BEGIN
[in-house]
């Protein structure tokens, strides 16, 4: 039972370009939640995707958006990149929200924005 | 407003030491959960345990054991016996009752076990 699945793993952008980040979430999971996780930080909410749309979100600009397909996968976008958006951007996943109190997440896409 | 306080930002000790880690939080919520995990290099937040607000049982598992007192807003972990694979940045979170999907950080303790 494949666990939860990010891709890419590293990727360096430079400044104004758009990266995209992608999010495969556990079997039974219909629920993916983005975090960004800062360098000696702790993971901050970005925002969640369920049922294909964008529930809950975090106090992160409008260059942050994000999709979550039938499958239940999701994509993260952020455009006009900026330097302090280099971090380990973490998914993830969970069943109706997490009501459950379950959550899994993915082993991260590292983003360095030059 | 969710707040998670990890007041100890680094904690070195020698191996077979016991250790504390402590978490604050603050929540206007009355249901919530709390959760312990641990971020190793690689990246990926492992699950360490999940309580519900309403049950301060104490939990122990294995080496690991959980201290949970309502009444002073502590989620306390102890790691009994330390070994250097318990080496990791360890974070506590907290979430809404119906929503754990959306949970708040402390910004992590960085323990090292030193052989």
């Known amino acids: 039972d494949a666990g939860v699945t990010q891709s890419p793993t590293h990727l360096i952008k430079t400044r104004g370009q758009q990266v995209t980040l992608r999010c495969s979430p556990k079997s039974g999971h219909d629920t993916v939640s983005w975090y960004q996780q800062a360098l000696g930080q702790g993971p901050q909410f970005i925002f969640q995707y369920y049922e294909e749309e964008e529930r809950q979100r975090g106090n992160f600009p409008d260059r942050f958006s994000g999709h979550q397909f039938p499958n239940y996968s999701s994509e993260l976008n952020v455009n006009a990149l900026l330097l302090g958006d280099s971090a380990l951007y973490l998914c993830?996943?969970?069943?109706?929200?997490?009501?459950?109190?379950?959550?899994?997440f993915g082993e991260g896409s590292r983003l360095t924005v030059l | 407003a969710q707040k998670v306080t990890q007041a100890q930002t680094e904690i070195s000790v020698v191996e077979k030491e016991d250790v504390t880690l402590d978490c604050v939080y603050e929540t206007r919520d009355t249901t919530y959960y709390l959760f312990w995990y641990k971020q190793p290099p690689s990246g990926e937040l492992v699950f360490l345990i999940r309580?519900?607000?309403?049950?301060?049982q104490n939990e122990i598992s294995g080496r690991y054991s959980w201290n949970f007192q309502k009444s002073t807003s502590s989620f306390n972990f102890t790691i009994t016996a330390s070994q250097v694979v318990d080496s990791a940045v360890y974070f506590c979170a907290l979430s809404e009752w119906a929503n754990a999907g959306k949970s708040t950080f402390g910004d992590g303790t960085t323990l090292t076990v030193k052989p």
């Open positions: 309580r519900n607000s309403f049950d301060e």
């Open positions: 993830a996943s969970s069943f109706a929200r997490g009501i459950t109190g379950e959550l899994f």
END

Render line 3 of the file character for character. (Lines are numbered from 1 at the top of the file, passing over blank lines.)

């Known amino acids: 039972d494949a666990g939860v699945t990010q891709s890419p793993t590293h990727l360096i952008k430079t400044r104004g370009q758009q990266v995209t980040l992608r999010c495969s979430p556990k079997s039974g999971h219909d629920t993916v939640s983005w975090y960004q996780q800062a360098l000696g930080q702790g993971p901050q909410f970005i925002f969640q995707y369920y049922e294909e749309e964008e529930r809950q979100r975090g106090n992160f600009p409008d260059r942050f958006s994000g999709h979550q397909f039938p499958n239940y996968s999701s994509e993260l976008n952020v455009n006009a990149l900026l330097l302090g958006d280099s971090a380990l951007y973490l998914c993830?996943?969970?069943?109706?929200?997490?009501?459950?109190?379950?959550?899994?997440f993915g082993e991260g896409s590292r983003l360095t924005v030059l | 407003a969710q707040k998670v306080t990890q007041a100890q930002t680094e904690i070195s000790v020698v191996e077979k030491e016991d250790v504390t880690l402590d978490c604050v939080y603050e929540t206007r919520d009355t249901t919530y959960y709390l959760f312990w995990y641990k971020q190793p290099p690689s990246g990926e937040l492992v699950f360490l345990i999940r309580?519900?607000?309403?049950?301060?049982q104490n939990e122990i598992s294995g080496r690991y054991s959980w201290n949970f007192q309502k009444s002073t807003s502590s989620f306390n972990f102890t790691i009994t016996a330390s070994q250097v694979v318990d080496s990791a940045v360890y974070f506590c979170a907290l979430s809404e009752w119906a929503n754990a999907g959306k949970s708040t950080f402390g910004d992590g303790t960085t323990l090292t076990v030193k052989p």